Racketeering refers to crimes committed through extortion or coercion. A racketeer attempts to obtain money or property from another person, usually through intimidation or force. The term is typically associated with organized crime. The law defines 35 different offenses that constitute racketeering in the U.S. The list includes gambling, kidnap, murder, arson, drug dealing, and bribery. Convicted racketeers can serve up to 20 years in prison, in addition to paying a fine of up to $25,000.

Key Takeaways

  • Racketeering refers to crimes committed through extortion or coercion.
  • Racketeering takes many forms like cyber extortion or a protection racket where a criminal entity threatens to cause harm to someone's private property if the owner does not pay a protection fee.
  • The U.S. government introduced the Racketeer Influenced and Corrupt Organizations Act in October 1970 to contain racketeering.
  • Through RICO, prosecutors can charge a person if they have committed at least two acts of racketeering within a 10-year period. 

In the popular 2013 film "The Wolf of Wall Street," the character Jordan Belfort asks a room full of salesmen to sell him a pen. After everyone in the room tries to pitch him the pen, one of them asks Jordan to write his name, forcing him to ask for the pen. The short exercise concludes by citing the importance of “creating a need when none exists to conduct a sale and earn.”

Racketeering works similarly. Racketeers offer a deceitful service to fix a problem that otherwise wouldn't exist. The term derives from the word racket, a criminal activity that cheats individuals out of their money.

Examples of Racketeering

Racketeering takes many forms. Recently, cyber extortion on a user’s computer has become more common. In this case, a hacker may illegally push malware onto a user’s computer, which blocks all the access to the computer and to the data stored on it. The hacker (or their partner), then demands money to restore the user's access.

Racketeering may also take the form of a protection racket. In a protection racket, a criminal entity may threaten to cause harm to a business or an individual's private property if the owner does not pay a fee for protection. In both examples, the criminal entity created a specific problem in order to offer a fix and earn money illegally.

Other common examples of racketeering include:

  • Kidnapping: An individual is illegally detained and their captors agree to set the kidnapped individual free once a ransom is paid.
  • Fencing racket: Individual(s) act as intermediaries to buy stolen goods from thieves at low rates and resell them for a profit to unsuspecting buyers.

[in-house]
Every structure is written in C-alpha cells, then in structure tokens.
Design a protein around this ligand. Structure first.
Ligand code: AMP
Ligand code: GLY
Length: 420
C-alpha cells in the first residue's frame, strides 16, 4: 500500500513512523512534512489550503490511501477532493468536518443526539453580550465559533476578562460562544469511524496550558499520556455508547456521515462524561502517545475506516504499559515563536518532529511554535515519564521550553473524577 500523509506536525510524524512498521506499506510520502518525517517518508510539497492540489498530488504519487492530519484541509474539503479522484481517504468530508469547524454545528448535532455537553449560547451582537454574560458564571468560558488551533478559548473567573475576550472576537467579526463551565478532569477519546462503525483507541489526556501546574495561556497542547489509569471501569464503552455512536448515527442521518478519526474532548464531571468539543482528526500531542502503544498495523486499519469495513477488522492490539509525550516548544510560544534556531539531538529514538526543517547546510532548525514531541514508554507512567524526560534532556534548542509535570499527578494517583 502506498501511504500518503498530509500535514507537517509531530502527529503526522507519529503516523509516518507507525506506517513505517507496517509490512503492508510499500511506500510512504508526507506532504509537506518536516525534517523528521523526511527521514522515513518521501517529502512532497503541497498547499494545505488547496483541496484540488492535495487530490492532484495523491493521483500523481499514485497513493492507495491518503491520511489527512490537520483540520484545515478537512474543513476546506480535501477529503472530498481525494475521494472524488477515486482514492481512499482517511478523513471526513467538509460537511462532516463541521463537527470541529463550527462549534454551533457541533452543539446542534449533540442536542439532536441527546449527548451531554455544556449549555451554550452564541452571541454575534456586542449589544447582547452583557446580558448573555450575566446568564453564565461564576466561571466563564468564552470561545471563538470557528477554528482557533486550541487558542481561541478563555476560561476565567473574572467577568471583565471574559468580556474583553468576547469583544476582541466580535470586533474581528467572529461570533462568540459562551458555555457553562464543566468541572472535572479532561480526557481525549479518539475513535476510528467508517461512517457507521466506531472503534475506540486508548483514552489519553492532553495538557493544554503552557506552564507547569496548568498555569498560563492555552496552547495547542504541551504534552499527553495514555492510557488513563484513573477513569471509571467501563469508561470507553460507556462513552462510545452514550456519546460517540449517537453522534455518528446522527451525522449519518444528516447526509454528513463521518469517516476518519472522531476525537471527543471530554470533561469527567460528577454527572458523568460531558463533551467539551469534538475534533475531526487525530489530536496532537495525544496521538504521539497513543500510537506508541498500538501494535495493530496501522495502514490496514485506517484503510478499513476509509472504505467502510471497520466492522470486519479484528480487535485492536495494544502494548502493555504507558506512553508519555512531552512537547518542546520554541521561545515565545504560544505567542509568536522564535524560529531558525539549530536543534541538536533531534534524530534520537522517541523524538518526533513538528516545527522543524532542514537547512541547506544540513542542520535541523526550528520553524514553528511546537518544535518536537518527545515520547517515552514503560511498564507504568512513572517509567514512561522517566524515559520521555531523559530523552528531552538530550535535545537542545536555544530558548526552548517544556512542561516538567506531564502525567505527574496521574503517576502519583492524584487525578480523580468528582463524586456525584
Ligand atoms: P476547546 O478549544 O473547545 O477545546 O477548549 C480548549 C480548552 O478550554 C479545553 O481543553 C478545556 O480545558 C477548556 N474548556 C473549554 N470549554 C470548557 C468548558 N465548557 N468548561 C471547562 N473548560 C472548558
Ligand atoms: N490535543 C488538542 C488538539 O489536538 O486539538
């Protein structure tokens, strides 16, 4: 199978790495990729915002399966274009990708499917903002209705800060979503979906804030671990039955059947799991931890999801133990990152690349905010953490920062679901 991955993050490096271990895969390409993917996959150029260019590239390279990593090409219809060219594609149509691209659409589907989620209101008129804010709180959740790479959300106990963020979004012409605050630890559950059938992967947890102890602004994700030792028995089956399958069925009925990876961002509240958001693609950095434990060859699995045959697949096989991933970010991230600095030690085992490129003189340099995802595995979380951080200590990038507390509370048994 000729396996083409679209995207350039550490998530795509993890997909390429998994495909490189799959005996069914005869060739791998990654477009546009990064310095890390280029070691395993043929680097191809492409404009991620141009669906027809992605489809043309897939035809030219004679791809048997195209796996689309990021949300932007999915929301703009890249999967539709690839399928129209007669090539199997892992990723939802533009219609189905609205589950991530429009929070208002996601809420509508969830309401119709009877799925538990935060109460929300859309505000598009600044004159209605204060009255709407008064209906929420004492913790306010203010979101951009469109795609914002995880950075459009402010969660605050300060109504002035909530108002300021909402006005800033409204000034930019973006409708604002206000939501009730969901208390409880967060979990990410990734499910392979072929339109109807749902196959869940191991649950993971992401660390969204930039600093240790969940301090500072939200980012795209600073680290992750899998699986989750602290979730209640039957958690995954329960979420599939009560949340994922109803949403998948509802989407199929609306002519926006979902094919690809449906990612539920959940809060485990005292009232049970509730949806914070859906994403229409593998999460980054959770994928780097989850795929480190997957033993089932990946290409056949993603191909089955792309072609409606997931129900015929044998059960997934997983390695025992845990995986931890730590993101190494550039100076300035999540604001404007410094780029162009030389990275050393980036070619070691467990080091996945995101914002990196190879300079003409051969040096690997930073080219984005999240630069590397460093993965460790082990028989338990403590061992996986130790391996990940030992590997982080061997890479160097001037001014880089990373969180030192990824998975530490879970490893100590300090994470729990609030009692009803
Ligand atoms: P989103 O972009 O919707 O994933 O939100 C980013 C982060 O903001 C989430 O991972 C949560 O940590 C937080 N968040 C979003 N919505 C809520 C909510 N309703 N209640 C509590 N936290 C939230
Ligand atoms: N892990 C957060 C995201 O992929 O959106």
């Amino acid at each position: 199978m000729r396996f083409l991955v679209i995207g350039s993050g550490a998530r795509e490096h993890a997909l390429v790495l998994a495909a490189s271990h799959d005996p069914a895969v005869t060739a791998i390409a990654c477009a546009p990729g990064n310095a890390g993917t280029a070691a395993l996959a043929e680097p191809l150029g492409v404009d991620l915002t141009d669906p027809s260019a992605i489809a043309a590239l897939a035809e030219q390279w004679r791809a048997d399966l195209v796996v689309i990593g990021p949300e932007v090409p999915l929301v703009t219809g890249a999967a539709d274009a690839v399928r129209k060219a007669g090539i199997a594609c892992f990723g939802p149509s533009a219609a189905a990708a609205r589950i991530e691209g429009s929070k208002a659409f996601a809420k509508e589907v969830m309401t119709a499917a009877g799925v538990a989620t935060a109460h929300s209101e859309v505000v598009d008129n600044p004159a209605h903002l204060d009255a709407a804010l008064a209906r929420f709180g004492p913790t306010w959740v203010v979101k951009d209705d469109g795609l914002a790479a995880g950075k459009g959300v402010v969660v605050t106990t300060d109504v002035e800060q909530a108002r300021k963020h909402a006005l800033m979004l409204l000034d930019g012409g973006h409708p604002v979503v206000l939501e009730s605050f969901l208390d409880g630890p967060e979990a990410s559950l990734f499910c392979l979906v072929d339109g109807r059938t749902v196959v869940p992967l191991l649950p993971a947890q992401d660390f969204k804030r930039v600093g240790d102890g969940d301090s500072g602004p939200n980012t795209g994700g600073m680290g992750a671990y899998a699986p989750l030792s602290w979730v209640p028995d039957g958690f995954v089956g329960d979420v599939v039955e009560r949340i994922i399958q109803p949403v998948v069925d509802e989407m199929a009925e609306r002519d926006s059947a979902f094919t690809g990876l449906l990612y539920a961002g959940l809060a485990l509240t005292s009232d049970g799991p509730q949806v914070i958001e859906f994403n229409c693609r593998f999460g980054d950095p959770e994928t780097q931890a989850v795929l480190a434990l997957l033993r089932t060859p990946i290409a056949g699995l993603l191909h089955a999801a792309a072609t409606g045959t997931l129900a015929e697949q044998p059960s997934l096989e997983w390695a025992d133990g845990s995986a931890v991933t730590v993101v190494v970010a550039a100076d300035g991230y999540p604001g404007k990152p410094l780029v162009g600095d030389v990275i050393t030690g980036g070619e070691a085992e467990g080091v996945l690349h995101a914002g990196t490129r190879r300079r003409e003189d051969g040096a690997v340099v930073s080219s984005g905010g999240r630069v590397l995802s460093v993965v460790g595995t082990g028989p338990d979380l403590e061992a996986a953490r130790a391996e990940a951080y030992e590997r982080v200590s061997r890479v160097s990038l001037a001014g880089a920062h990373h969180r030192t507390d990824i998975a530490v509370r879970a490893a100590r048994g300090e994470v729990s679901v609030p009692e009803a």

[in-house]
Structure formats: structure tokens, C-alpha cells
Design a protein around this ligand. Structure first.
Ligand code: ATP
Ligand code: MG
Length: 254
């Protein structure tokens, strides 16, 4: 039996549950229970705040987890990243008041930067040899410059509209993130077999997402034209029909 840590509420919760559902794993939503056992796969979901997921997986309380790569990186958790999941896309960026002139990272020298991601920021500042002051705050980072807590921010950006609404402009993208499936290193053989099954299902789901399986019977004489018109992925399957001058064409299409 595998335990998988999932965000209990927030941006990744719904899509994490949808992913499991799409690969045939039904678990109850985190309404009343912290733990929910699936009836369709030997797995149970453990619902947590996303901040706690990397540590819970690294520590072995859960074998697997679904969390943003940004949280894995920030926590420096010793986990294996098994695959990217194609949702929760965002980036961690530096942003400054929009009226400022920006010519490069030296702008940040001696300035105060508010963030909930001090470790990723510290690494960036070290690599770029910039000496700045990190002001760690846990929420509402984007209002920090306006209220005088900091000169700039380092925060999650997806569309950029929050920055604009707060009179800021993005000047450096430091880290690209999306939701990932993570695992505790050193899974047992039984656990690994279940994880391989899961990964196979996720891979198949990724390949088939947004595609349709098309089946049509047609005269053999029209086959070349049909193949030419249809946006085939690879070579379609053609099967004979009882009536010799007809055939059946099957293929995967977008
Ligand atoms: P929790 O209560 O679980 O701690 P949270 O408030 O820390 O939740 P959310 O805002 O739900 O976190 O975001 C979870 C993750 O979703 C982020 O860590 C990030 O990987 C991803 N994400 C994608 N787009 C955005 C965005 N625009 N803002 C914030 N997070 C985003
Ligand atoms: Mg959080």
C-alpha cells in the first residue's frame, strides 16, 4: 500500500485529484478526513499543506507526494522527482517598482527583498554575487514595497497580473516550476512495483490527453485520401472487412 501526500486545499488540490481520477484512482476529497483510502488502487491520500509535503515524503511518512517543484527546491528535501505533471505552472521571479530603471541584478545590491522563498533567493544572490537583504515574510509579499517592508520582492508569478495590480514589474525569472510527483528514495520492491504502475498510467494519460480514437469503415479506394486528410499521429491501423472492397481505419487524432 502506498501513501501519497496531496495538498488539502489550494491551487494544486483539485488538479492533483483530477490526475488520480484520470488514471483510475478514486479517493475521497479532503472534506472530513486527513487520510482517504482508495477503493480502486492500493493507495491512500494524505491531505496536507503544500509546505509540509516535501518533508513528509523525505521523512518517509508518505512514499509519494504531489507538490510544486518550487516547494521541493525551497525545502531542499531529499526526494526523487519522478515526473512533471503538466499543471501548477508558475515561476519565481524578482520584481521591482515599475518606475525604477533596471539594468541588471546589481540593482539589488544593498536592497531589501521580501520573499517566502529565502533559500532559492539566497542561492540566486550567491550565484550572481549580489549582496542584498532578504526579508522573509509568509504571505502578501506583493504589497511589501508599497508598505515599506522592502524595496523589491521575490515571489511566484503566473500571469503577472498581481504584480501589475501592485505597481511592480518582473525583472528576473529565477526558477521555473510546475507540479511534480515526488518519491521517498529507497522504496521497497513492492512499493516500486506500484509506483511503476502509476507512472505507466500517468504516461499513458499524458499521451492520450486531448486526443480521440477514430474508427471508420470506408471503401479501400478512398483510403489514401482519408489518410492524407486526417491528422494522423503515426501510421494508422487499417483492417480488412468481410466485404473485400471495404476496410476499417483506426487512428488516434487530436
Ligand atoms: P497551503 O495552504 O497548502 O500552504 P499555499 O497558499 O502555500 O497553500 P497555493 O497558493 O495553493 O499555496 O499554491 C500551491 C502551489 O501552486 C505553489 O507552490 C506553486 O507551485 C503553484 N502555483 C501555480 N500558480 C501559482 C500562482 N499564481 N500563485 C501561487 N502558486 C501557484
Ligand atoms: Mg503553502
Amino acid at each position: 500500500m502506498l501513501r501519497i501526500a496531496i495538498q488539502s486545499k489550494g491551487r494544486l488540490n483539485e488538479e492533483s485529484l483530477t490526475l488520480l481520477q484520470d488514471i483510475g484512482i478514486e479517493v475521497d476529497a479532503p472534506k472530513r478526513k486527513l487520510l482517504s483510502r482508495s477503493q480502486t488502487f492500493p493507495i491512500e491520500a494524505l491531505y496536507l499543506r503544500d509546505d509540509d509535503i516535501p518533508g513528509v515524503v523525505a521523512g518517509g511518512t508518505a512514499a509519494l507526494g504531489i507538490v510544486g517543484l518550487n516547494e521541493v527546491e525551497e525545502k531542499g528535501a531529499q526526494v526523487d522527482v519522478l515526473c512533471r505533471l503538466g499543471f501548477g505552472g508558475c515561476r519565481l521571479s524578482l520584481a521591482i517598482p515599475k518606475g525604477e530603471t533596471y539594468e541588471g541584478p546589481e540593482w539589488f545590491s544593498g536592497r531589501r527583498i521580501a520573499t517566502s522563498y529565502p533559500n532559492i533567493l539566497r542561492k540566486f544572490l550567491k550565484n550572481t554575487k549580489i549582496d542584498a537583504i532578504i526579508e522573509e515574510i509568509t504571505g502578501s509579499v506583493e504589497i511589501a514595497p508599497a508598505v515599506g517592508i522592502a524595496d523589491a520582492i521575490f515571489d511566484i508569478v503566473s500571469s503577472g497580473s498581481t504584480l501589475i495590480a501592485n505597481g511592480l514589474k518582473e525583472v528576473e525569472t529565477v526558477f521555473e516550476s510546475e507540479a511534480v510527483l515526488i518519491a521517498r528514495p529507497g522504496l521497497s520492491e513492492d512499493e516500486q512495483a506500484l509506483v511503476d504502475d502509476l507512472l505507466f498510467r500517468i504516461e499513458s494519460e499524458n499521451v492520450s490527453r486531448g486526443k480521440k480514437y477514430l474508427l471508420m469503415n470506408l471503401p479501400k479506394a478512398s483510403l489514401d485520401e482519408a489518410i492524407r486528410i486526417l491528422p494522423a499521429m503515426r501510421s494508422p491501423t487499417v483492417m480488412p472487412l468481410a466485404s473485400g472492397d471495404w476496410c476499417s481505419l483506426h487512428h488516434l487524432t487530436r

• Numbers racket: A form of illegal gambling in which a corrupt dealer colludes with his associates disguised as gamblers to cheat other unsuspecting gamblers of their money.

Beyond traditional examples that are perpetrated by criminal enterprises, corporations may also engage in racketeering. For instance, a drug manufacturer may bribe doctors to overprescribe a medicine, thus committing a fraud on insurance companies to boost profits.

RICO Act of 1970

To contain illegal collusion and profiteering through racketeering, the U.S. government introduced the Racketeer Influenced and Corrupt Organizations (RICO) Act in October 1970. The law was enacted as Title IX of the Organized Crime Control Act of 1970, signed into law by President Richard Nixon. The law permits enforcement agencies to charge individuals or groups involved in various acts of racketeering. The act “has as its purpose the elimination of the infiltration of organized crime and racketeering into legitimate organizations operating in interstate commerce."

The U.S. Department of Justice (DoJ) provides an expansive view on RICO charges. According to the DoJ, in order to be found guilty of violating the RICO statute, the government must prove beyond a reasonable doubt that:

  1. An enterprise existed
  2. The enterprise affected interstate commerce
  3. The defendant was associated with or employed by the enterprise
  4. The defendant engaged in a pattern of racketeering activity
  5. The defendant conducted or participated in the conduct of the enterprise through that pattern of racketeering activity through the commission of at least two acts of racketeering activity as set forth in the indictment. 

At the time that RICO was enacted, government prosecutors primarily used it to target organized crime. Before the law was in place, prosecutors had few legal methods to prosecute an entire criminal organization. Instead, prosecutors were forced to try mob-related racketeering crimes individually, even though a large number of individuals may have been involved in the commission of a crime.

RICO allows law enforcement officials to file cases against the whole racket. The law gives prosecutors an option to seize the assets of the indicted party, thereby preventing the transfer of funds and property through shell companies. Providing more tools to law enforcement agencies to combat racketeering, the law allows prosecutors to charge organizations or a group of individuals for up to 20 years of ongoing criminal activity for each count of racketeering. The law also allows prosecutors to charge the leaders of such organizations for activities that they ordered others to do.